Throughout the four Gospels readers are flooded with examples of the compassion of Christ. In His miracles, Christ shows His compassion by giving sight to the blind, making the lame walk, or curing people with extreme sickness. In His parables, He consistently shows that His desire for His followers is to show compassion. However, the greatest example of the compassion of the Messiah came at the end of His earthly ministry. Christ’s sacrificial death on the cross for sinners is not only the greatest example of compassion in His ministry, but it is the greatest expression of compassion in all of history.
Isaiah 53 provides a picture of the extreme compassion of Christ. The first half of verse 3 says, “He is despised and rejected of men; a man of sorrows, and acquainted with grief.” God came to the earth as man, and men rejected Him. At first reading, this verse appears to speak of the men that were physically present during the crucifixion, or possibly more broadly this verse appears to apply to the Jews of the day. However, Isaiah, writing at least 600 years before the life of Christ, says at the end of the verse, “He was despised, and we esteemed Him not.” Why would Isaiah include himself with those who offended Christ?
God is a holy God. Holiness means that He is set apart, there is no one else like Him. One of the most important ways in which God is holy is that He is set apart from sin. This means that God cannot be in the presence of sin. Isaiah included himself as an offender of Christ because he, just like all of us, had sinned against God throughout his life. All people have sinned, all mankind has offended God—all of us are included in verse 3 as those who have despised God.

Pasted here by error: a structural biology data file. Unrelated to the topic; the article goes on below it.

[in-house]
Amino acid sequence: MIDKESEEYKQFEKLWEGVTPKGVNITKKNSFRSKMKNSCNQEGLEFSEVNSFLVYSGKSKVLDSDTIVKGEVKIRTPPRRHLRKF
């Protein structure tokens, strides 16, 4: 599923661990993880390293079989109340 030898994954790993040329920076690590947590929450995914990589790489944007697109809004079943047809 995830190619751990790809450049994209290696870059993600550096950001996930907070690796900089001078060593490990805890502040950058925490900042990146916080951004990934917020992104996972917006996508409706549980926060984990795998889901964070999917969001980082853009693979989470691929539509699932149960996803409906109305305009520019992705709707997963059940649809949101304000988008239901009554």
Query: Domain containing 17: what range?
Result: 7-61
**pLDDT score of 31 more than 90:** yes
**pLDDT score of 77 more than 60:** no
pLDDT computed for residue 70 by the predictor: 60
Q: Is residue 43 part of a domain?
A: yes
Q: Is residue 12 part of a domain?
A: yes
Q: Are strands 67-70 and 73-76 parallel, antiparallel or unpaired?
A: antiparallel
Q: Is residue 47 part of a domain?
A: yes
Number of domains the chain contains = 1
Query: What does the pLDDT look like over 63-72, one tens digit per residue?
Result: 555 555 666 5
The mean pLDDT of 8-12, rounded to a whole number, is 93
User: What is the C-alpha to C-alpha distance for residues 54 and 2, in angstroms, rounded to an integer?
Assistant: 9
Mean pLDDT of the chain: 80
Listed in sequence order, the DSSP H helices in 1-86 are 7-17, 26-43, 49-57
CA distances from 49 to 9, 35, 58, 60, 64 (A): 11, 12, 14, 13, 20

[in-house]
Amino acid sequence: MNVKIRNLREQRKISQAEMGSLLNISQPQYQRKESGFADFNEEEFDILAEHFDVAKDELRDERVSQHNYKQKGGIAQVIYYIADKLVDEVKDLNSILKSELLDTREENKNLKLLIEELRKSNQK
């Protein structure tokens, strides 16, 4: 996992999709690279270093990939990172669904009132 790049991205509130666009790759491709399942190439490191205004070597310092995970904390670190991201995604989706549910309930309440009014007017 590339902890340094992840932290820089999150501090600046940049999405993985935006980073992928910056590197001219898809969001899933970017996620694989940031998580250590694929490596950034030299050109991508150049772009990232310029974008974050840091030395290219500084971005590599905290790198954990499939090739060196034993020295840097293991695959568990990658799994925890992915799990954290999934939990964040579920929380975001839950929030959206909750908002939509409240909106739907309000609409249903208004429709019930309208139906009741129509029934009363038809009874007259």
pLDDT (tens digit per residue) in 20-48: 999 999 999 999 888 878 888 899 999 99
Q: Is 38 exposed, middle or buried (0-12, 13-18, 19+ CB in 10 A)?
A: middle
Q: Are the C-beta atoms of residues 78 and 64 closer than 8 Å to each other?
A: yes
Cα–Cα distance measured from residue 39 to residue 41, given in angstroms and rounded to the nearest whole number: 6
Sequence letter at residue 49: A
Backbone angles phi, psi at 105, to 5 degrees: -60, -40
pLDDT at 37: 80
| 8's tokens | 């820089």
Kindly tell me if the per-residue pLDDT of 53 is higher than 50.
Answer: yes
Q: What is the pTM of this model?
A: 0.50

But then verse 5 describes the ultimate compassion of Christ. “But He was wounded for our transgressions, He was bruised for our iniquities: the chastisement of our peace was upon Him; and with His stripes we are healed.” Moved with compassion, God became man to save sinners (1 Timothy 1:15). He died a sacrificial death in the place of man, so that we could be saved. If one dies for someone who never wronged him, it is a great sign of compassion. But Christ’s sacrificial death for those that sinned against Him is the ultimate display of compassion.
Through the compassion of Christ, all who turn to God in repentance and faith are forgiven of all their sins. On the cross, Christ took the wrath of God so that sinners could be spared from that wrath. We can go to God in the same way David did after he sinned: “Have mercy upon me, O God, according to Thy lovingkindness: according unto the multitude of Thy tender mercies blot out my transgressions” (Psalm 51:1). We can ask the Lord to blot out our transgression against Him, and trust that in His compassion He will.